Ever seen the words "2 cloves garlic, minced" in a cookbook and reached for the jar of ready-minced garlic? Or attempted to mince garlic only to end up with jagged, misshapen chunks that don't melt easily into the dish you're preparing? Never fear -- you're about to learn how to mince garlic easily.
Garlic, as we all know, has a very strong flavor and aroma. Its flavor actually gets stronger the smaller it's cut, which is why dishes like chicken with 40 cloves of garlic don't get overwhelming. But having chunks of garlic in a dish where garlic is meant to be minced is unpleasant and unpalatable -- and completely unnecessary once you've learned to mince properly. The secret starts with a sharp knife, but after that, it's all about having a bit of technique.
Peel the garlic clove. It should pop right out of its skin if it's been crushed properly.
Remove the end of the clove and the sprout, if you like (some do, some don't) -- you can decide which flavor you prefer.
Make several parallel cuts through the garlic clove, going almost all the way through the clove but also keeping the end together, in order to make slicing crosswise easier.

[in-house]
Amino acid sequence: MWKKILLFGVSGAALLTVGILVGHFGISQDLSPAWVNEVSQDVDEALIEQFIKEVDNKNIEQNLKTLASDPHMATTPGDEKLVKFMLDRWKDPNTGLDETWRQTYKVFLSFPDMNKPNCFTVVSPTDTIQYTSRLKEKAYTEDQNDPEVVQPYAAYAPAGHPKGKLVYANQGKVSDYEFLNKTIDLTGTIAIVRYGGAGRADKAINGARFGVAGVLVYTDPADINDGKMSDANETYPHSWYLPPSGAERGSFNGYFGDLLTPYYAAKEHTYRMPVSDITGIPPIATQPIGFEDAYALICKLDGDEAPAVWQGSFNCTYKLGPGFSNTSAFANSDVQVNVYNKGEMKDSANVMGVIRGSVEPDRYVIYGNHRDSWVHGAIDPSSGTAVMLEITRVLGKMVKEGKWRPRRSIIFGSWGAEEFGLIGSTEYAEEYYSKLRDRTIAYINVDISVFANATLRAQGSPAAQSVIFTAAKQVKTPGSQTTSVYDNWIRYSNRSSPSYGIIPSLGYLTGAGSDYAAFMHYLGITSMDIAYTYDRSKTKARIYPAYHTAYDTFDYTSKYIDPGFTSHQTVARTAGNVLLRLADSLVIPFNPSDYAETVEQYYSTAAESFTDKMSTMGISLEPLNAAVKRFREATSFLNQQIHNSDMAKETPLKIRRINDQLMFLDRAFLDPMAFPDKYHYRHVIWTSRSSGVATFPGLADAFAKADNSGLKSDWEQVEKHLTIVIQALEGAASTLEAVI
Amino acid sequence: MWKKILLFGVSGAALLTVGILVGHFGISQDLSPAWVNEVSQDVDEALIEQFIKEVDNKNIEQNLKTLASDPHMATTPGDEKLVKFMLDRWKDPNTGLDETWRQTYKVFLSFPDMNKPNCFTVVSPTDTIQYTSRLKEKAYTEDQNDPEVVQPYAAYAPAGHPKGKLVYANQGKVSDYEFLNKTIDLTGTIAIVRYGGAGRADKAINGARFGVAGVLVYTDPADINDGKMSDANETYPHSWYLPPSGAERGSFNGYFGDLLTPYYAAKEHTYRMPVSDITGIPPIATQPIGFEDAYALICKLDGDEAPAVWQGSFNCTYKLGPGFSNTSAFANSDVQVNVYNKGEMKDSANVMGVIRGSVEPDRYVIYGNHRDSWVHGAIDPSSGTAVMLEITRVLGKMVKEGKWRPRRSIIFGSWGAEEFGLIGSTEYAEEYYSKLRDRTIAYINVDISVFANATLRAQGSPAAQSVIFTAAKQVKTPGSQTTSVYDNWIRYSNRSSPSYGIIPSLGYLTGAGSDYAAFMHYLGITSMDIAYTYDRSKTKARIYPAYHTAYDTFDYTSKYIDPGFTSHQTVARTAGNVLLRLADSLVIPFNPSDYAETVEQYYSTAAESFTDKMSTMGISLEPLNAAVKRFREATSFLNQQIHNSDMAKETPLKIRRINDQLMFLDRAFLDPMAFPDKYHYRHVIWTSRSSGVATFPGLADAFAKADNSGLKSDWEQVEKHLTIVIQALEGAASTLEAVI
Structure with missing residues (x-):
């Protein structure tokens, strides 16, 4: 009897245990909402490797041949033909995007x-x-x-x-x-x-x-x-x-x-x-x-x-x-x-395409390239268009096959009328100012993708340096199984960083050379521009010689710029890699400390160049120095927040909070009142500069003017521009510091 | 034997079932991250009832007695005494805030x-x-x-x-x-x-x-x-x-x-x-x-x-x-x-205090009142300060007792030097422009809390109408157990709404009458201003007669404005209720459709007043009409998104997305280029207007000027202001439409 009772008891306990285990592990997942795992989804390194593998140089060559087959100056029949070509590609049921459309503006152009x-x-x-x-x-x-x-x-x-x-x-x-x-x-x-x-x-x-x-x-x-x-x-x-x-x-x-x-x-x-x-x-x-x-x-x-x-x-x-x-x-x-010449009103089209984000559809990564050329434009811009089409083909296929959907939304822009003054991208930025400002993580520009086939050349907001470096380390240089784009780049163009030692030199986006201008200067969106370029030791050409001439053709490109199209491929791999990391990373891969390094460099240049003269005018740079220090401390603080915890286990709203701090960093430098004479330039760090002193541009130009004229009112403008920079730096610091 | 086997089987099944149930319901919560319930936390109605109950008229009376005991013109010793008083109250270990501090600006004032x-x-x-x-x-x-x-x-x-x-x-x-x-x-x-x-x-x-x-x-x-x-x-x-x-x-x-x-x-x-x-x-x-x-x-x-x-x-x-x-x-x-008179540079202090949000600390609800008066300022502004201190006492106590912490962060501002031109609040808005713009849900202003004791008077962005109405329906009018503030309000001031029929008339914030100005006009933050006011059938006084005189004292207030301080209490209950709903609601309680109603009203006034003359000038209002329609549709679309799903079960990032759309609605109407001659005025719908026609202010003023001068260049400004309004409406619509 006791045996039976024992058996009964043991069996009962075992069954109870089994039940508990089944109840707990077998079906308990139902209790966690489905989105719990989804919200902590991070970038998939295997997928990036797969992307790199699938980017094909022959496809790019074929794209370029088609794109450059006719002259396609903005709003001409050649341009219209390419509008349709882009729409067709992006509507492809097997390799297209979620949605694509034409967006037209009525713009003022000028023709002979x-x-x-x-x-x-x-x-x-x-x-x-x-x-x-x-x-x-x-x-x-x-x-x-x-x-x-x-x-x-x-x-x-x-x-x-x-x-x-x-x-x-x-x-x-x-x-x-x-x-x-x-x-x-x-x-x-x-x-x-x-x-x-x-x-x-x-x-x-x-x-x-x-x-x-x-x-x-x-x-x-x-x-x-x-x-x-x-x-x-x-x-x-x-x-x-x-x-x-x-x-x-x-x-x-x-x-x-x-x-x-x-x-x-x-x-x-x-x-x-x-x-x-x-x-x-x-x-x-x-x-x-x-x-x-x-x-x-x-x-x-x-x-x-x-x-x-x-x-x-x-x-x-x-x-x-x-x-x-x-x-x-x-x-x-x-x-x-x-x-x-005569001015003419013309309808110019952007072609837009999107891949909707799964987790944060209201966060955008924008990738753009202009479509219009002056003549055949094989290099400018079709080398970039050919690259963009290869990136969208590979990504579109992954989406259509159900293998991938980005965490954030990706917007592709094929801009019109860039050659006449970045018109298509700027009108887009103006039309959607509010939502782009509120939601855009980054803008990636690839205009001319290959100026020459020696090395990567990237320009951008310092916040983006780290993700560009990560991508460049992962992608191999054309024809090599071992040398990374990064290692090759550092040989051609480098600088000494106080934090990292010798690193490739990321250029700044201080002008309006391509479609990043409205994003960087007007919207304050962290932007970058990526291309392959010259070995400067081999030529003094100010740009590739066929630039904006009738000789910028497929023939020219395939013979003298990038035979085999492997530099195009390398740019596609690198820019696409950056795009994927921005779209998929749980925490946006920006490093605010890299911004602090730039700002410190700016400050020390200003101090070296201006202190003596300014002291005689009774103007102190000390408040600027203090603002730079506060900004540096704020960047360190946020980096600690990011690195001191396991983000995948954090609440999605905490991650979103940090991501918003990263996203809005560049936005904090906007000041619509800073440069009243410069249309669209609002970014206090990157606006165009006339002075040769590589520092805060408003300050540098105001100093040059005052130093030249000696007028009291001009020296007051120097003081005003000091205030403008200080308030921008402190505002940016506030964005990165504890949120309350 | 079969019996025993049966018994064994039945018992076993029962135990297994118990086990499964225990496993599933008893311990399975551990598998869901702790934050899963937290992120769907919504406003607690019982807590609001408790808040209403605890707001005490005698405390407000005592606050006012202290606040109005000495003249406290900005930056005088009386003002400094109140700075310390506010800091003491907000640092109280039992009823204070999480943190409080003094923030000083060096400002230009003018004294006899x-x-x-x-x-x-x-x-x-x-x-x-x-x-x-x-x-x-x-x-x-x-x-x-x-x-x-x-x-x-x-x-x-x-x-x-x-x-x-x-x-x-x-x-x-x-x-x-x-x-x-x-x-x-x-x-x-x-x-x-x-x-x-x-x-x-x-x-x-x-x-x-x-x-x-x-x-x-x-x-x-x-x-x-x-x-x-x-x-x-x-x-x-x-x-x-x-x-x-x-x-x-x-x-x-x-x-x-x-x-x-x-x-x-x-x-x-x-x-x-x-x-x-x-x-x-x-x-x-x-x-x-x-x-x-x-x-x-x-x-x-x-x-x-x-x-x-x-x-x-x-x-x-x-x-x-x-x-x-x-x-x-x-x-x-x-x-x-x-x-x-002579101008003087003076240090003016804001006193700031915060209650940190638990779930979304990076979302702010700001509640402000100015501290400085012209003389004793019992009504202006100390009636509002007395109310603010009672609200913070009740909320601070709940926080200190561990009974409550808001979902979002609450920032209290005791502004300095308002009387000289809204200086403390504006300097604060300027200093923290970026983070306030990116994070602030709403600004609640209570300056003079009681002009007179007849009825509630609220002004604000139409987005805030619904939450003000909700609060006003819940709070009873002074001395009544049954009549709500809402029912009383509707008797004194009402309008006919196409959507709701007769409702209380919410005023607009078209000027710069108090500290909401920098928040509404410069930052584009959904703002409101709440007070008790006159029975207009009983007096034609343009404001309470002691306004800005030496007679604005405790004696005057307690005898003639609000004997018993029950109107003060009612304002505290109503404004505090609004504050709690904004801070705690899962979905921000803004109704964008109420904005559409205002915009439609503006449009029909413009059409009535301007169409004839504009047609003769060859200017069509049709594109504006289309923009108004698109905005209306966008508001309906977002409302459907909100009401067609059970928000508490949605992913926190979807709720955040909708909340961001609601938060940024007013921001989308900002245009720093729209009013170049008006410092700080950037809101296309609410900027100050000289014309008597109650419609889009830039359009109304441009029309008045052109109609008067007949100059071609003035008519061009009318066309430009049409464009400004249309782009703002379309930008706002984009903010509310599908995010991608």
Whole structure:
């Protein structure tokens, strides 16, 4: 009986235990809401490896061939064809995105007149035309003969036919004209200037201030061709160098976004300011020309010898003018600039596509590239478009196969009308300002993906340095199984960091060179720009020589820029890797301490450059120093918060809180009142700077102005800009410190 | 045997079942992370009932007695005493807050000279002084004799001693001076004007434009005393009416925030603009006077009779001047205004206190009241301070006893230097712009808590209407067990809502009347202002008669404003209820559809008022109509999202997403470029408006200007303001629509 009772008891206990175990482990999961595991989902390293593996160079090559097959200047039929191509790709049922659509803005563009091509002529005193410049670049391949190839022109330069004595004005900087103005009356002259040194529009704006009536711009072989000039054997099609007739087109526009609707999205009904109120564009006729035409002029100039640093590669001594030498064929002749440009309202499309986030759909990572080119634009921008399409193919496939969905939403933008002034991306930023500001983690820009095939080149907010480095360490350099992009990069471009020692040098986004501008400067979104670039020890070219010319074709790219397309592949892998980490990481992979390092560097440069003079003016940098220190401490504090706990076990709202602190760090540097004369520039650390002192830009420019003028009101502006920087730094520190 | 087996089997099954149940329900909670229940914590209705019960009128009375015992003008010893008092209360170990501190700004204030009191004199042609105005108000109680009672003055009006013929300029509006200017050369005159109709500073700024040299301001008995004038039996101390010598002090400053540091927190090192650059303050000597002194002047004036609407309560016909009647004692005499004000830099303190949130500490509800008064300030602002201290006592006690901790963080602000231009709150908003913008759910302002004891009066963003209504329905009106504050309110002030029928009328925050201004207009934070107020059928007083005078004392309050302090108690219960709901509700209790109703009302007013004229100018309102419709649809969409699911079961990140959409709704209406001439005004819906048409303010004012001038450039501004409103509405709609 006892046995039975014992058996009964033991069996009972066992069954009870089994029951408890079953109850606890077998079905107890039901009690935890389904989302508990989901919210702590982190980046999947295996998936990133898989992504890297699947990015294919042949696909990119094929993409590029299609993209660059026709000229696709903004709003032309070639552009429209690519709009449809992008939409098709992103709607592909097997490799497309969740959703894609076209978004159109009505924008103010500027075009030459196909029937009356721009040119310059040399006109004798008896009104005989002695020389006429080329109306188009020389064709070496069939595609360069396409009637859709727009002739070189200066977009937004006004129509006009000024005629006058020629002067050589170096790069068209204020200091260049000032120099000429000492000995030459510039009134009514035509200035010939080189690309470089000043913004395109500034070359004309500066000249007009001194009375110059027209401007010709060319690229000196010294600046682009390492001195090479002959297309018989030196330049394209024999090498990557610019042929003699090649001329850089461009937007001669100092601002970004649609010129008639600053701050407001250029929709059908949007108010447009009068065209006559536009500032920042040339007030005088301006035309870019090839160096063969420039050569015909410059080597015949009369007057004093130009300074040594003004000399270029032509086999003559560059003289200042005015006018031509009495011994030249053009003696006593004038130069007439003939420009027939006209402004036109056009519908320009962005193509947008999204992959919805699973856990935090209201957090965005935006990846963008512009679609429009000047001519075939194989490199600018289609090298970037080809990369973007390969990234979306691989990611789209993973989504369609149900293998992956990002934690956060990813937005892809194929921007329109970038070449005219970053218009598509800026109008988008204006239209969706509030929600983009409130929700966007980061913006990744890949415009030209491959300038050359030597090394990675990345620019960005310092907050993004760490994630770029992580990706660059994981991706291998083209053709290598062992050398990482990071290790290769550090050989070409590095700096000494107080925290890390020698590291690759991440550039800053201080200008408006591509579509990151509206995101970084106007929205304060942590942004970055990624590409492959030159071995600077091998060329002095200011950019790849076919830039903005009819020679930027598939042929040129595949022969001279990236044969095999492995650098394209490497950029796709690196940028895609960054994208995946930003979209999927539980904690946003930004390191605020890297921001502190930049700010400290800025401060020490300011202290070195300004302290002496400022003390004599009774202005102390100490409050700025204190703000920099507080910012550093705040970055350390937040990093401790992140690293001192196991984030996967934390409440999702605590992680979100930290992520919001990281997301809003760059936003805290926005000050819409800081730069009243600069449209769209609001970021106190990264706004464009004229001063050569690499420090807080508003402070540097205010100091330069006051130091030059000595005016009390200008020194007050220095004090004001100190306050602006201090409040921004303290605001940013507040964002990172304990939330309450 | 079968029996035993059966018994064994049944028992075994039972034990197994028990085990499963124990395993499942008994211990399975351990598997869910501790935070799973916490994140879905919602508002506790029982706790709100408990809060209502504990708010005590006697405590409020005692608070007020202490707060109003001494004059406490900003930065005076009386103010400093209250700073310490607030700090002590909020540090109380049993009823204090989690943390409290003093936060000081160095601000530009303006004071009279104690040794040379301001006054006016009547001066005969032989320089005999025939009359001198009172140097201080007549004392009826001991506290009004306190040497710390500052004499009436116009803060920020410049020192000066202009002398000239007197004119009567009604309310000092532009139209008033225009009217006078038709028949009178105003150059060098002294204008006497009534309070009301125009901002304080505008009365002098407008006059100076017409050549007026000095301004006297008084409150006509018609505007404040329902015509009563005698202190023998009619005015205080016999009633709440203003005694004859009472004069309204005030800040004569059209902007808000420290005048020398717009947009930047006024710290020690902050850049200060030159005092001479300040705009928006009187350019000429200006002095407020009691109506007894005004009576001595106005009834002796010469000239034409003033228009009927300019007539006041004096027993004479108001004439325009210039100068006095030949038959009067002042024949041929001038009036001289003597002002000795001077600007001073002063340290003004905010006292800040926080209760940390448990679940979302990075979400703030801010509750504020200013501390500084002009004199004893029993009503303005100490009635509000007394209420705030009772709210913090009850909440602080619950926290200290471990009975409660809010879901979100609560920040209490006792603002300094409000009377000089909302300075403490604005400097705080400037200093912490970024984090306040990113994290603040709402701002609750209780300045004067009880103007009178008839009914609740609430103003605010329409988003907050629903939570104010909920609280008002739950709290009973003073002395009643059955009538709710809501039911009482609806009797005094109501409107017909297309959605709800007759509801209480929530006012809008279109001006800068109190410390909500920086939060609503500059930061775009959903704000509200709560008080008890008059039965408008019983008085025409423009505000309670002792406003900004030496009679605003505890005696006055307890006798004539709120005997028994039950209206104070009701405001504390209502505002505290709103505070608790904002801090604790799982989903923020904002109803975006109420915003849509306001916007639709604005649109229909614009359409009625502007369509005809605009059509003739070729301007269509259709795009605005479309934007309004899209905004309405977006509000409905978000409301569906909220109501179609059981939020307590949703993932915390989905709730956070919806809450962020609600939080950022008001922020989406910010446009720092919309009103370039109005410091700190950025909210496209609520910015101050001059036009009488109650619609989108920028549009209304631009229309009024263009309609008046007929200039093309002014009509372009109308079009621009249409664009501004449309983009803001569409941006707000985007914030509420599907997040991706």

Hold the clove together and slice crosswise through the parallel cuts. This is where having a sharp knife is key! Keep your fingers on top of the clove to avoid cutting yourself.
Once again, cut almost all the way through to the end without cutting completely through.
From the Organic Authority Files
Put the point of your knife on the board and rock your knife while slowly edging it through the garlic clove. If you go slowly, you should end up with a perfectly sized mince on the first go.
As you reach the end of the clove, you'll need to bunch your fingers together and be very careful so as not to cut yourself.
If you don't end up with a small enough mince on the first go, you can run your knife back through the garlic again.
That being said, I prefer a secondary technique if you need your garlic a bit smaller than a mince.
First, season the minced garlic with a bit of fleur de sel or other salt with jagged edges.
Then, use the flat of your knife blade to crush and cut the garlic. This will help you create a garlic paste; the salt will help break the pieces of garlic down.
I sometimes use this technique for recipes where garlic will remain raw, like in a summer tomato salad or Greek salad. Minced garlic is great in this roasted rutabaga with garlic and thyme recipe or with organic bistro garlic fries.
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All Images by Emily Monaco